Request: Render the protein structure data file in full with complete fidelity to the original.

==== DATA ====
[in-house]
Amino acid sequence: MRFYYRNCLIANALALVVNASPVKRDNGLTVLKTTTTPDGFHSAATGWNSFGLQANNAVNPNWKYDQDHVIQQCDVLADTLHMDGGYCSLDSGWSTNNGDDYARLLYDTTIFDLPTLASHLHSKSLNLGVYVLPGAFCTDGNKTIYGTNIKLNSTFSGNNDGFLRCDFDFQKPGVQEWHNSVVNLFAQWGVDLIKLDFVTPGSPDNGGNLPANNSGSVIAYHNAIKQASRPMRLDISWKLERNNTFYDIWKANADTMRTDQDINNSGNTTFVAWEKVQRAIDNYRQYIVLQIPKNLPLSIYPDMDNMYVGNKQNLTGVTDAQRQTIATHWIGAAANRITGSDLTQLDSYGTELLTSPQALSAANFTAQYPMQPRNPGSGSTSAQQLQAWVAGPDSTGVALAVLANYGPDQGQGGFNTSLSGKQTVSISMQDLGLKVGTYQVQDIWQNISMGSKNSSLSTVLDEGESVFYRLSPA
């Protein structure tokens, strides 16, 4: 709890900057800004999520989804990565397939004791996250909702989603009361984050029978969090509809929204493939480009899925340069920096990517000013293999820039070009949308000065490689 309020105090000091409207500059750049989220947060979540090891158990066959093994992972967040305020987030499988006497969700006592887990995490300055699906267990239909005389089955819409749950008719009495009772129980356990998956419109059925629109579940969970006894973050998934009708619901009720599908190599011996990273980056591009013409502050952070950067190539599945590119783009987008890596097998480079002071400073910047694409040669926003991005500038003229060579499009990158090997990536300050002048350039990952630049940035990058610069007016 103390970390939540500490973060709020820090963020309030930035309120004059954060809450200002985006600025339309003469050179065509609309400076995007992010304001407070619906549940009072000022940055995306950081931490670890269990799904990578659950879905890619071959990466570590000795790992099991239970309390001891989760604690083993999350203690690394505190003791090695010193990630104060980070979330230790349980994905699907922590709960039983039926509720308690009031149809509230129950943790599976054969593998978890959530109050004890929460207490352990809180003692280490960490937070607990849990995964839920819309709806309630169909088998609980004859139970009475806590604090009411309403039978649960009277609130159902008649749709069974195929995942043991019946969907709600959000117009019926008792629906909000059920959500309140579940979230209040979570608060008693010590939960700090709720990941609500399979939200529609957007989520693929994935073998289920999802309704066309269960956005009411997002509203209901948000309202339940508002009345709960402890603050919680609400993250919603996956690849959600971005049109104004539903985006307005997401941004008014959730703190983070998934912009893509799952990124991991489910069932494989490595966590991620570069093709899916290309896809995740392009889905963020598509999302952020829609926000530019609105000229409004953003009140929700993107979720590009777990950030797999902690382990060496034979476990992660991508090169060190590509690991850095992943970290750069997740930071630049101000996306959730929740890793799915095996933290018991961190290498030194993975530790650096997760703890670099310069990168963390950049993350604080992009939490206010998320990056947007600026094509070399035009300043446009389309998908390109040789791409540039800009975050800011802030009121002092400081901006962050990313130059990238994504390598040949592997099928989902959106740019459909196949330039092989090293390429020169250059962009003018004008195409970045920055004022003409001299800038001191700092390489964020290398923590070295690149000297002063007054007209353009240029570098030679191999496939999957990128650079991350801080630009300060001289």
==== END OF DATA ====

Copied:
[in-house]
Amino acid sequence: MRFYYRNCLIANALALVVNASPVKRDNGLTVLKTTTTPDGFHSAATGWNSFGLQANNAVNPNWKYDQDHVIQQCDVLADTLHMDGGYCSLDSGWSTNNGDDYARLLYDTTIFDLPTLASHLHSKSLNLGVYVLPGAFCTDGNKTIYGTNIKLNSTFSGNNDGFLRCDFDFQKPGVQEWHNSVVNLFAQWGVDLIKLDFVTPGSPDNGGNLPANNSGSVIAYHNAIKQASRPMRLDISWKLERNNTFYDIWKANADTMRTDQDINNSGNTTFVAWEKVQRAIDNYRQYIVLQIPKNLPLSIYPDMDNMYVGNKQNLTGVTDAQRQTIATHWIGAAANRITGSDLTQLDSYGTELLTSPQALSAANFTAQYPMQPRNPGSGSTSAQQLQAWVAGPDSTGVALAVLANYGPDQGQGGFNTSLSGKQTVSISMQDLGLKVGTYQVQDIWQNISMGSKNSSLSTVLDEGESVFYRLSPA
């Protein structure tokens, strides 16, 4: 709890900057800004999520989804990565397939004791996250909702989603009361984050029978969090509809929204493939480009899925340069920096990517000013293999820039070009949308000065490689 309020105090000091409207500059750049989220947060979540090891158990066959093994992972967040305020987030499988006497969700006592887990995490300055699906267990239909005389089955819409749950008719009495009772129980356990998956419109059925629109579940969970006894973050998934009708619901009720599908190599011996990273980056591009013409502050952070950067190539599945590119783009987008890596097998480079002071400073910047694409040669926003991005500038003229060579499009990158090997990536300050002048350039990952630049940035990058610069007016 103390970390939540500490973060709020820090963020309030930035309120004059954060809450200002985006600025339309003469050179065509609309400076995007992010304001407070619906549940009072000022940055995306950081931490670890269990799904990578659950879905890619071959990466570590000795790992099991239970309390001891989760604690083993999350203690690394505190003791090695010193990630104060980070979330230790349980994905699907922590709960039983039926509720308690009031149809509230129950943790599976054969593998978890959530109050004890929460207490352990809180003692280490960490937070607990849990995964839920819309709806309630169909088998609980004859139970009475806590604090009411309403039978649960009277609130159902008649749709069974195929995942043991019946969907709600959000117009019926008792629906909000059920959500309140579940979230209040979570608060008693010590939960700090709720990941609500399979939200529609957007989520693929994935073998289920999802309704066309269960956005009411997002509203209901948000309202339940508002009345709960402890603050919680609400993250919603996956690849959600971005049109104004539903985006307005997401941004008014959730703190983070998934912009893509799952990124991991489910069932494989490595966590991620570069093709899916290309896809995740392009889905963020598509999302952020829609926000530019609105000229409004953003009140929700993107979720590009777990950030797999902690382990060496034979476990992660991508090169060190590509690991850095992943970290750069997740930071630049101000996306959730929740890793799915095996933290018991961190290498030194993975530790650096997760703890670099310069990168963390950049993350604080992009939490206010998320990056947007600026094509070399035009300043446009389309998908390109040789791409540039800009975050800011802030009121002092400081901006962050990313130059990238994504390598040949592997099928989902959106740019459909196949330039092989090293390429020169250059962009003018004008195409970045920055004022003409001299800038001191700092390489964020290398923590070295690149000297002063007054007209353009240029570098030679191999496939999957990128650079991350801080630009300060001289």